In LQG the situation is different again. Here you have three constraints
    G|phys> = 0
    D|phys> = 0
    H|phys> = 0
    G is the Gauss law; it acts as generator of small local Lorentz trasformations. Solving this constraint implements local Lorentz symmetry in the physical subspace |phys>. This can be done using the loop representation where the nyme LQG comes from
    D is the diffeomorphism constraint. Solving it implements spatial diffeomorphism invariance (spatial as M4 is sliced to M3 * R. One uses the so-called cylinder functions which eventually leads to the construction of spin networks.
    H is the hamiltonian constraint which I would call "relict" of "timelike diffeomorphism". The kernel of this equation is not known exactly so far; so the physical Hilbert space has not yet been fully constructed. In addition there may be problems with the algebra of constraints G, D and H as the commutators incolving H do not close "off-shell".
    So in LQG we are rather close to a solution but some work remains to be done.
     
  13. Jan 31, 2010 #12

    Haelfix

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    No, thats not quite right. I think the confusion arises because people can't quite make the distinction between a solution of string theory, and the actual construction thereof. There is no split of the spacetime metric as described above. Really, there is no spacetime metric (target space) to begin with a priori. Instead they arise as generic solutions (in fact more than generic, encompassing solutions -- there is always gravity in string theory).

    String theory is completely diffeomorphism invariant (see chapter 1-3 of Polchinski). The worldsheet is diff invariant by construction, and the only subletly with the spacetime solutions is that you have to go back and check by hand to see if it persists (eg the symmetry is not necessarily manifest), especially after gauge fixing and worrying about anomalies. Otoh by consistency, they have to be.

    This is a subtle point, really requiring a textbook explanation (b/c its wonderfully delicate and roundabout) but it works very roughly like so:

    The local world sheet diff invariance removes the timelike and longitudinal normal modes which would otherwise be uncancelled ghost modes. From the spacetime point of view, it is the same thing, the spacetime diffeo symmetry removes these unphysical states.

    Einstein's equations show up in s.t in a rather unusual way. They are not imposed by hand, like in all other theories you might have seen before, rather they show up in a backalley way, namely as the condition of Weyl Invariance on the worldsheet. This implies that strings can only propagate consistently on backgrounds that satisfy these field equations and that have an enhanced spacetime symmetry.
     
    Last edited: Jan 31, 2010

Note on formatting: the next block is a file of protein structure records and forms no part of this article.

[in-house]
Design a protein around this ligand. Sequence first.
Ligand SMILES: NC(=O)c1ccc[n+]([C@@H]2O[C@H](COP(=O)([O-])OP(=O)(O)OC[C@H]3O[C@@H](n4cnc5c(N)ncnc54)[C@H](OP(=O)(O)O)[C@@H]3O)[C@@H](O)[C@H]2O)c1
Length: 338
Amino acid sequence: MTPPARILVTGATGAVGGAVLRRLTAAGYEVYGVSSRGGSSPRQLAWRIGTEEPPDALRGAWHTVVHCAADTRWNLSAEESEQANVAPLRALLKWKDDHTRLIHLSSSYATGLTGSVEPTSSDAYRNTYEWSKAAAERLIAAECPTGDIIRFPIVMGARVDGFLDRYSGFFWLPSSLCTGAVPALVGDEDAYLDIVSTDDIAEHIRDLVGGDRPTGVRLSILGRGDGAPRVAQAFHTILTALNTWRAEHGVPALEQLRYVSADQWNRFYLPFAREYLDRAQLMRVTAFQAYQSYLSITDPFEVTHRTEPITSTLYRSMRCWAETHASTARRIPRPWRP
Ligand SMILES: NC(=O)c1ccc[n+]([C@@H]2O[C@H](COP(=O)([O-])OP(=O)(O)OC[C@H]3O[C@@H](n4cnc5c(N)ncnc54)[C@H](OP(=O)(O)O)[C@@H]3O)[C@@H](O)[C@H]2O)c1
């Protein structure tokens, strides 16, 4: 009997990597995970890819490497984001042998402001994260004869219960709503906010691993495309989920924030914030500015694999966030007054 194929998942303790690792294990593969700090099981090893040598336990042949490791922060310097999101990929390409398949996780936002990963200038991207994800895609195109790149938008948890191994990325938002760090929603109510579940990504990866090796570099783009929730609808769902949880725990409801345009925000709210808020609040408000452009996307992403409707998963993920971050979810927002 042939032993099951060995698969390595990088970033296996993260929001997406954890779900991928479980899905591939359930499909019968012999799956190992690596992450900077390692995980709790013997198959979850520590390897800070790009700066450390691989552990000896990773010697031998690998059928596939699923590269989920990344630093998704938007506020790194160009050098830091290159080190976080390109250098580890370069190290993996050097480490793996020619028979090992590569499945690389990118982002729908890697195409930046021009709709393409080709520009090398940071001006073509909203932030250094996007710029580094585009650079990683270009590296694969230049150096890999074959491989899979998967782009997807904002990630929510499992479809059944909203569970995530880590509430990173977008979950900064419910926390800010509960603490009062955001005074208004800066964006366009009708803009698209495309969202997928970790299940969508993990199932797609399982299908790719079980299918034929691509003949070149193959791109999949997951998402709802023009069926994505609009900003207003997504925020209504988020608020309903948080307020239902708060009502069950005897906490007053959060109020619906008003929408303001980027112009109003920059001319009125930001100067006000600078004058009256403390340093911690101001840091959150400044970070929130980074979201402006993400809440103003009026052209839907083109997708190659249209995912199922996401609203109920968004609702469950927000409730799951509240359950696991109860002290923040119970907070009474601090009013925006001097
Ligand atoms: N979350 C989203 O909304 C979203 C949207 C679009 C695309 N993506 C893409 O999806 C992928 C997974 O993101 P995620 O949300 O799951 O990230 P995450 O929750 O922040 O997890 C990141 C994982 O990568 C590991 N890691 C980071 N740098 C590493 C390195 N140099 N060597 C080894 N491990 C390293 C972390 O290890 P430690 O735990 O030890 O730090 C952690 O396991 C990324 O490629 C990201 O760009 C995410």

14. Jan 31, 2010 #13

    tom.stoer

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    If I look at the Nambu-Goto action there is a (fixed) target space metric right from the beginning. How shall I get rid of it? What is the correct starting point?
     
  15. Jan 31, 2010 #14
    yes.
    i think the only one.

    ............A natural consequence appears to be the principle of general covariance (which is what is meant by “general” relativity), namely, that physics should be the same in all reference frames, not merely inertial ones. That is, under a general coordinate transformation xμ→x′μ (xν), where the four-vector xμ=(t,x), the physics should be invariant. However, no physical principle dictates the exact form of the action, beyond general coordinate invariance. For action, Einstein used the integral of R (the scalar measure of the curvature at each point), because it reproduces Newtonian gravity in the appropriate limit (small curvature R, small velocity). But one can certainly add small covariant corrections, such as a power of the curvature scalar. In fact, such terms do appear as quantum corrections in the only known quantum theory that includes gravity, namely, string theory. In that case, however, general covariance remains satisfied..................


    ...........Lorentz symmetry (which says, in the absence of gravity, that physics is the same for all inertial observers moving through (space)...................



    ...........The only known way to have a well-defined quantum theory at short distances that preserves general covariance -string theory-.................


    ...........since the quantization of gravity, even in the Hořava version, is not very well defined......................
     
  16. Feb 1, 2010 #15

    Physics Monkey

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    One thing which hasn't yet been mentioned is Vainshtein's solution of the vDVZ discontinuity. We should all find it unsettling that one can supposedly claim to know for certain that the graviton is massless via the vDVZ discontinuity. This should not be possible with only limited experimental information. But in fact you can't claim to know that the graviton is truly massless. Vainshtein showed that there is an extra hidden length scale in a theory with massive gravitons. This length scale diverges as the graviton mass is sent to zero, and the predictions of GR are recovered for measurements made at less than this scale.

    Now Vainshtein worked with a particular model, but the moral of the story is general: linearization in gravity is an unusually dangerous game. Higher order terms in the low energy effective action can be quite dangerous especially in the presence of background fields and strong coupling. The Arkani-Hamed paper talks about this (massive gravitons can have strong coupled mode), but the Charmousis paper does not as far as I can tell. A quick search revealed nothing, so I wonder if anyone here knows if something like Vainshtein's solution can work in Horava gravity?
     
  17. Feb 1, 2010 #16

    jal